Edwin Walter Dickinson papers

Creator:
Dickinson, Edwin Walter, 1891-1978  Search this
Names:
Bouchard, Thomas O.  Search this
Eastwood, Raymond James, 1898-  Search this
Gammell, R. H. Ives (Robert Hale Ives), 1893-1981  Search this
Halsall, William Formby, 1841-1919  Search this
Hawthorne, Charles Webster, 1872-1930  Search this
Heinz, Charles, 1885-1955  Search this
Moffett, Ross  Search this
Vytlacil, Vaclav, 1892-1984  Search this
Waugh, Coulton, 1896-1973  Search this
Extent:
20.2 Linear feet
Type:
Collection descriptions
Archival materials
Date:
1909-1971
Scope and Contents:
The papers of painter Edwin Walter Dickinson (1891-1978) measure 20.2 linear feet and date from 19091971. Included are photographs of works of art and personal photographs, object files, correspondence, a biographical account, and printed material.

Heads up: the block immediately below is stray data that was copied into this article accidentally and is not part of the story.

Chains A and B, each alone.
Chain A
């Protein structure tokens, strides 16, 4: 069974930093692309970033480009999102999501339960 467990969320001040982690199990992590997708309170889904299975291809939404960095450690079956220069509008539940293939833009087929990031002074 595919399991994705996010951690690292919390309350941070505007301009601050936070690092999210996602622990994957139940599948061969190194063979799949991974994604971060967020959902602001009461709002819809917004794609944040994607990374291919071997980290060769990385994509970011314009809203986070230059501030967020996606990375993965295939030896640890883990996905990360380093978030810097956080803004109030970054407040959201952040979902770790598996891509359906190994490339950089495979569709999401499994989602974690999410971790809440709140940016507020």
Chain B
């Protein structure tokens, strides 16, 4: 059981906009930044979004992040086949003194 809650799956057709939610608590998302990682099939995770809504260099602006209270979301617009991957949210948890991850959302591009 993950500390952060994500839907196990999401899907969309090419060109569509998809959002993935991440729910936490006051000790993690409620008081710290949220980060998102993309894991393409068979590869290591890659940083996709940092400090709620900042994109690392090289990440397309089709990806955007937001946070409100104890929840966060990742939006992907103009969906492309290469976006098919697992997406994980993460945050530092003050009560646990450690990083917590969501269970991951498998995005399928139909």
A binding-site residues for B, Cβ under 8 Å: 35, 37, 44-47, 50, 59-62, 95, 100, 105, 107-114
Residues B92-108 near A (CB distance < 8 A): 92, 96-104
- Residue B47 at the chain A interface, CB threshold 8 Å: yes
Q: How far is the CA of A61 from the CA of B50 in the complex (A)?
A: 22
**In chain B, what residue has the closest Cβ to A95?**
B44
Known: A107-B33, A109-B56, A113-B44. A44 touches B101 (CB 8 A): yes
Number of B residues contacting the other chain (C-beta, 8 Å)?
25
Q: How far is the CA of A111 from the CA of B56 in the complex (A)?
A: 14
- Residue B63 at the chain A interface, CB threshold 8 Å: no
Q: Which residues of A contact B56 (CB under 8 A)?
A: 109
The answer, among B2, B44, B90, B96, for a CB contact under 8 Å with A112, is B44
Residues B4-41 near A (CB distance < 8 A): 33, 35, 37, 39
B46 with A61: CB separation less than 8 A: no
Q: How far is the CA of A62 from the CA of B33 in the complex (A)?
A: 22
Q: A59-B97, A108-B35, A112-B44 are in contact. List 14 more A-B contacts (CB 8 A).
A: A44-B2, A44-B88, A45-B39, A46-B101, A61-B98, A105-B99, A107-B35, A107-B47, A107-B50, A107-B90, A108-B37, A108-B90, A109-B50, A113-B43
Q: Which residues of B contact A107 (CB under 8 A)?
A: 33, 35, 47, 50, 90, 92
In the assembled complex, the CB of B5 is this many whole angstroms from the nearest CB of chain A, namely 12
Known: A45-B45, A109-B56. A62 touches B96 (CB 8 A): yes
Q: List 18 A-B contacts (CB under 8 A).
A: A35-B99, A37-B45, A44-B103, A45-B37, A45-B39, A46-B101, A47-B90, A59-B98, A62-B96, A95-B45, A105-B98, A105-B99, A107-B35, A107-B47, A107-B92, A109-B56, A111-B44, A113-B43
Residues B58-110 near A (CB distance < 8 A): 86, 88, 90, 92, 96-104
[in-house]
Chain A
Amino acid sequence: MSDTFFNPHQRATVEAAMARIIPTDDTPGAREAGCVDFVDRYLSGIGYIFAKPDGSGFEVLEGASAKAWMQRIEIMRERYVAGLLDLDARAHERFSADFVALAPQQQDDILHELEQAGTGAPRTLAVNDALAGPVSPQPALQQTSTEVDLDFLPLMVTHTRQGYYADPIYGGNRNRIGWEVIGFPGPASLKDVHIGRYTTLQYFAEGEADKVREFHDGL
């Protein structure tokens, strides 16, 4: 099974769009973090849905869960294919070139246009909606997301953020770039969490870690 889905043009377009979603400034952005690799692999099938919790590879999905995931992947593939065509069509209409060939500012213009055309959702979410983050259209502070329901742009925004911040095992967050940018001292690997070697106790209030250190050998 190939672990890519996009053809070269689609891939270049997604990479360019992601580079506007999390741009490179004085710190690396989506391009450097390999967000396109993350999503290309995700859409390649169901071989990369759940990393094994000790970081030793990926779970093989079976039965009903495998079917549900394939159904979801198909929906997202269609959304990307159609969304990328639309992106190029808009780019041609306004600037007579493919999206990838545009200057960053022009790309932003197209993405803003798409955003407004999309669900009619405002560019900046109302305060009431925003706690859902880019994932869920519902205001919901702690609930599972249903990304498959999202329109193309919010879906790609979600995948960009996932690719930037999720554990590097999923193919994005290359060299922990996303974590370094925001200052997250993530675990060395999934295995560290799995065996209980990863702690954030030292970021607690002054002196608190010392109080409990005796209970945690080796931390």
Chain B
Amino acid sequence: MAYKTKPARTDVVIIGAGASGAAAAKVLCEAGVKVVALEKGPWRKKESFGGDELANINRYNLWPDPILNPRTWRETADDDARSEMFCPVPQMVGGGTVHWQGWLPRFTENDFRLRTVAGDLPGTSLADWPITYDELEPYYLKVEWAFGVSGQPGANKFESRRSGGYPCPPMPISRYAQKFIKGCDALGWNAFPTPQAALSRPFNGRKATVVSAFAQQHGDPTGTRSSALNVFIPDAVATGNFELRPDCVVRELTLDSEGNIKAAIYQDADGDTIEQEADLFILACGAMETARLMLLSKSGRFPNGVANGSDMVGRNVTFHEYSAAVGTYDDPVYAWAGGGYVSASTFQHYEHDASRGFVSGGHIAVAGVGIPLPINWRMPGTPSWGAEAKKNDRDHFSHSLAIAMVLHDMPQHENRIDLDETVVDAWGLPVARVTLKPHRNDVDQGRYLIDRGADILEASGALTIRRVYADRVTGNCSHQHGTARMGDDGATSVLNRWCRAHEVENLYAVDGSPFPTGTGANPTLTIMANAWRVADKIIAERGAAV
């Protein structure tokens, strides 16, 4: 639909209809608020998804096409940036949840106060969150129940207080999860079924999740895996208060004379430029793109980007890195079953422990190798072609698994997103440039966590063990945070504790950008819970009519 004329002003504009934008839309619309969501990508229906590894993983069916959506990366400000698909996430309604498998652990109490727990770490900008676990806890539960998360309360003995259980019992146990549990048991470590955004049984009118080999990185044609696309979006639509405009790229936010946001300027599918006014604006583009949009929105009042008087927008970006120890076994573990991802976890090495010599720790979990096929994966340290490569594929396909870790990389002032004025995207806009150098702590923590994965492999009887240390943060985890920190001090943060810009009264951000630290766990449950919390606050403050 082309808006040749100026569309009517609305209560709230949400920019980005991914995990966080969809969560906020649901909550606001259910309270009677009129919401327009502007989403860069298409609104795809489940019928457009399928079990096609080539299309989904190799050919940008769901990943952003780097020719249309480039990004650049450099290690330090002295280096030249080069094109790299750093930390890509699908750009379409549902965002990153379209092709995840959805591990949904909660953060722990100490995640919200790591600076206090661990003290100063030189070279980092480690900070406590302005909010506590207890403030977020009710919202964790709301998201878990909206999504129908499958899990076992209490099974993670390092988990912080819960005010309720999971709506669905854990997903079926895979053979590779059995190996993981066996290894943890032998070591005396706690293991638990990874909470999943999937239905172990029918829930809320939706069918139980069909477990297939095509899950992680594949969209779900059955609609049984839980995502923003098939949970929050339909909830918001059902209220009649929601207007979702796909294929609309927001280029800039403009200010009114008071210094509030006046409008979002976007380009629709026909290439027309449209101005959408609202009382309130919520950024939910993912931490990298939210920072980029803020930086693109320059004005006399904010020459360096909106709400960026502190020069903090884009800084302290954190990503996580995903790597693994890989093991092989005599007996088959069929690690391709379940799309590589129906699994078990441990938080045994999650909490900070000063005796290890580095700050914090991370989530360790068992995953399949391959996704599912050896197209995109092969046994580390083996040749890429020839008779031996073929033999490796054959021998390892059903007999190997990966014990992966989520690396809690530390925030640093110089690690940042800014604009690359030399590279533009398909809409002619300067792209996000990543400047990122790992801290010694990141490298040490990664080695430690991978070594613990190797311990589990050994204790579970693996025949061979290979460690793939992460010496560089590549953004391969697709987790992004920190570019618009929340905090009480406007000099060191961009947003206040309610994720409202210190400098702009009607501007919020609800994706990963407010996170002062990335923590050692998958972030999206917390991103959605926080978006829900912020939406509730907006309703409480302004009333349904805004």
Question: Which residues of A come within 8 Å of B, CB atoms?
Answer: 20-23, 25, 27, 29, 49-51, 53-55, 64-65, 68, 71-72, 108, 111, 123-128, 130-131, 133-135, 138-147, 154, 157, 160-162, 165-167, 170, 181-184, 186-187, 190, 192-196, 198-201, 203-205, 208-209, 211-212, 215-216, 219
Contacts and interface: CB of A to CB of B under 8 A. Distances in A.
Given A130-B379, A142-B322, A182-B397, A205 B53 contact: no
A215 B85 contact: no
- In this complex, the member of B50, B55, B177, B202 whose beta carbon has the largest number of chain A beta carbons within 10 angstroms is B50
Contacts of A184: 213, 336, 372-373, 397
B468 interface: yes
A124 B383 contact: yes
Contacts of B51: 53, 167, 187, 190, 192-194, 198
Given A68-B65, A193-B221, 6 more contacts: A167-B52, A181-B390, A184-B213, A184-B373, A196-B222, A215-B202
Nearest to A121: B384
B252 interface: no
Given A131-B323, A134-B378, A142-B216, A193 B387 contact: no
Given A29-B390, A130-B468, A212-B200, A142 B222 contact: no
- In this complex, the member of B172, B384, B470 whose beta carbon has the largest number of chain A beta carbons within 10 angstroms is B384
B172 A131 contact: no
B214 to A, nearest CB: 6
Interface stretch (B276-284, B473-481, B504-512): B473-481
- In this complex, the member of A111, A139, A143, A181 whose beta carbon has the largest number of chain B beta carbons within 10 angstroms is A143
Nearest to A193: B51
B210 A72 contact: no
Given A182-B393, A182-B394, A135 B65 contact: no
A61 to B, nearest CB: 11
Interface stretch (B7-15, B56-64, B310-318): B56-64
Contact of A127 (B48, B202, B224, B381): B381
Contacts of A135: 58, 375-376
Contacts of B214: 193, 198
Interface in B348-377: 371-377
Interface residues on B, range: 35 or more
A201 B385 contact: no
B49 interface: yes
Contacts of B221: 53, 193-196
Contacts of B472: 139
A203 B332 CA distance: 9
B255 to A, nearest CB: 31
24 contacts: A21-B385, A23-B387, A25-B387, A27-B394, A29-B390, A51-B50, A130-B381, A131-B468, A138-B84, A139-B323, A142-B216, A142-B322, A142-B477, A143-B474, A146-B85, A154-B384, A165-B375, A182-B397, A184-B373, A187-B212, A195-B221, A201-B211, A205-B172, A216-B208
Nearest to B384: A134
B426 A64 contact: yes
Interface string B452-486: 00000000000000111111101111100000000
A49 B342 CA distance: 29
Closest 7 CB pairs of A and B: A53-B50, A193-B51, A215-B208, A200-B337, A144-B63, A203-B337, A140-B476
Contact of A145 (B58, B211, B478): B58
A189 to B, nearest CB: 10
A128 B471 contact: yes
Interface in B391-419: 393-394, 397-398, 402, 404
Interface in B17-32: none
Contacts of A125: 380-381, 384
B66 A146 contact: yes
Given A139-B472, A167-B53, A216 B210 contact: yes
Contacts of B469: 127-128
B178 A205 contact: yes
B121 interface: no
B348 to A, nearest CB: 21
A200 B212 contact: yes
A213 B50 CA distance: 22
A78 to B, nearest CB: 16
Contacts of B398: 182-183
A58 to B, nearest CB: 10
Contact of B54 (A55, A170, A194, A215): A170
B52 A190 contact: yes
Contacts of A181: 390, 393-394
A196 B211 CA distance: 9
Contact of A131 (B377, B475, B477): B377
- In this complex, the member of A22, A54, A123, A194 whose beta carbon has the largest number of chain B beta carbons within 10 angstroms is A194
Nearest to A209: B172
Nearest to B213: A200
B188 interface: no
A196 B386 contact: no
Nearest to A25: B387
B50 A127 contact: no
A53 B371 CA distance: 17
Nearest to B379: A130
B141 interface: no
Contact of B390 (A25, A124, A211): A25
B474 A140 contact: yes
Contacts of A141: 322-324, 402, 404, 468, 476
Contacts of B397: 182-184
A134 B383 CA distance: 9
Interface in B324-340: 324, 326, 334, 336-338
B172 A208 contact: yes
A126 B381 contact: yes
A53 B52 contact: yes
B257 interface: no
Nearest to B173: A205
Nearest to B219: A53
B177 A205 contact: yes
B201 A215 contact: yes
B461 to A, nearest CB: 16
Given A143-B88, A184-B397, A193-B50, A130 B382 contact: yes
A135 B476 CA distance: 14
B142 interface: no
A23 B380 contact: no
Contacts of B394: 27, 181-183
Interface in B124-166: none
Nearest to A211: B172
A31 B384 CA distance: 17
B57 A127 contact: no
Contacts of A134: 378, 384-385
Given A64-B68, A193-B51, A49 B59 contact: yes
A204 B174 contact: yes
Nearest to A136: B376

Biographical / Historical:
Edwin Walter Dickinson (1891-1978) was a painter in Wellfleet, Massachusetts. Dickinson studied with William Merritt Chase at the Art Students League and was a member of Federation of Modern Painters and Sculptors.
Related Materials:
Also in the Archives is material lent for microfilming on reels D93-D96 including 36 journals, 1916-1961, by Edwin Dickinson. The original journals are available at Syracuse University. Also in the Archives on microfilm reel 1130 are photographs, 1909-1965, of Dickinson and others, including Bill [Vaclav] Vytlacil, Richard Parmenter, Ross E. Moffett, Ted Beall, Henry Sutter, L.W. Veeder, R. H. Ives Gammell, Raymond J. Eastwood, Eugene Fitch, Thomas Bouchard, William F. Halsall, Charles W. Hawthorne, Coulton Waugh, and Charles Heinz.